This is an archived article that was published on sltrib.com in 2012, and information in the article may be outdated. It is provided only for personal research purposes and may not be reprinted.
Do you live in Bedford Falls or Potterville?
Imagine your community as a village of 100 people, with Henry F. Potter at the top, taking 17 shares of the village's annual 100-share output. His 19 property managers demand 33 shares.
The remaining 80 serfs are left with the remaining 50 shares, 0.63 share per serf. The minimum cost of living is 0.5 share per year, so over time the retained wealth of the bottom 80 serfs is next to nothing, while the top people hold more than 80 percent of the village's wealth.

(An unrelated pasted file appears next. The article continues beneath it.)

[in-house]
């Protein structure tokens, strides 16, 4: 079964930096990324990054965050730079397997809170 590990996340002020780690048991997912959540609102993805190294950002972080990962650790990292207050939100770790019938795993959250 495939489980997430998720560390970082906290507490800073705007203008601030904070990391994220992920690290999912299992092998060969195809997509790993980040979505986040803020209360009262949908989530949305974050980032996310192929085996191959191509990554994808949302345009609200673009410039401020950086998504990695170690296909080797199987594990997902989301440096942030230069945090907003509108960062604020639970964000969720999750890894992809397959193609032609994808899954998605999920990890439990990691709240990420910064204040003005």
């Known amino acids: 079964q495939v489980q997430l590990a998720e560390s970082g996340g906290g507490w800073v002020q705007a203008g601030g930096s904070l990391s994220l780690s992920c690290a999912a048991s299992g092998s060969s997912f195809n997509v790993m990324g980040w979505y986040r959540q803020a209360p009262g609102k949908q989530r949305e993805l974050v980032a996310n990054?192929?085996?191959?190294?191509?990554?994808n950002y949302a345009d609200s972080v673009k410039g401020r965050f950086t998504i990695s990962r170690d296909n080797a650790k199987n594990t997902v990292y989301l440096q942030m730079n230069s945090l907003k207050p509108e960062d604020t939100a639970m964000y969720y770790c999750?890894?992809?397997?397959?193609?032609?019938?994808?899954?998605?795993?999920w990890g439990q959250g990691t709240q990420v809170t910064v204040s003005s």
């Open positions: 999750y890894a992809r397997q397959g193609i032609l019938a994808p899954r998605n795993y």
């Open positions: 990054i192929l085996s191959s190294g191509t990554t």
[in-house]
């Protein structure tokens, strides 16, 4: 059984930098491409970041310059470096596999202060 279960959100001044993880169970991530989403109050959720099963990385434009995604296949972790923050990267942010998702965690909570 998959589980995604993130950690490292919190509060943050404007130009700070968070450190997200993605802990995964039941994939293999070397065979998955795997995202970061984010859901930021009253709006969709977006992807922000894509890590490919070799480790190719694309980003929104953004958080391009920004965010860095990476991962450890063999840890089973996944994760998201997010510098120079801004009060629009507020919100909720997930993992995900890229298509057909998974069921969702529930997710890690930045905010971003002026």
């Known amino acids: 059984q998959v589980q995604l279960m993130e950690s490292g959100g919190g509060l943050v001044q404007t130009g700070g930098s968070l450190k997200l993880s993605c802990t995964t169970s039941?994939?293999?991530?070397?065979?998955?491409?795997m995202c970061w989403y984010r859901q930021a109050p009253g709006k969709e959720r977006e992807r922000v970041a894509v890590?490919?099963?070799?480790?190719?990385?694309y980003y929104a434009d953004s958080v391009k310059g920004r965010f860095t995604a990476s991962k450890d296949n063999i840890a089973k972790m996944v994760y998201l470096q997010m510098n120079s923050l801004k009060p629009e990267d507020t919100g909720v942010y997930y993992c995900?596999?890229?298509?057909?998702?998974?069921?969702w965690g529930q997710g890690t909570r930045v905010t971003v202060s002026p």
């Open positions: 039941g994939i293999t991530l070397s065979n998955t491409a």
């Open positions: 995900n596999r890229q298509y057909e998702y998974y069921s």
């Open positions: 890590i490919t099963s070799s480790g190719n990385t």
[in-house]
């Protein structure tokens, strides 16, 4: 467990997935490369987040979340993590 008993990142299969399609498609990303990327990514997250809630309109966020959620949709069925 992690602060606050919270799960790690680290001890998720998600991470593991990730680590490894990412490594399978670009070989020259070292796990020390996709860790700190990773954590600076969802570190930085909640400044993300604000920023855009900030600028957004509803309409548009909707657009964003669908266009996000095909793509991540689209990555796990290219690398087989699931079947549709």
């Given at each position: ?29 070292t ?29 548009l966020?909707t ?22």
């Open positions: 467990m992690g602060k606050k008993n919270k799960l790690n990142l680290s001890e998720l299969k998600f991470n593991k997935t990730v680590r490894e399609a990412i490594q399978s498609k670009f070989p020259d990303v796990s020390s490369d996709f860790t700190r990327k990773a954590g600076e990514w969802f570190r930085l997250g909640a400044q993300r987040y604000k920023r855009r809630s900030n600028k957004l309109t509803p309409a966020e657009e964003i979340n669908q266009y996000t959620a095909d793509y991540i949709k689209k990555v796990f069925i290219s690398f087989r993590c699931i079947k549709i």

Does the above village describe your community? Would you put up with a situation like this?
This may not describe your community, but it does describe your nation! These are the ratios of wealth and income we put up with in our nation today.
Seventy-seven years ago Utah banker and longtime Federal Reserve Board Chairman Marriner Eccles likened such wealth disparity as a poker game where one player held all the chips so you couldn't continue the game.
If you do the math of the above village, and our nation's present wealth disparity, you can see why our economy can't get back up to speed again.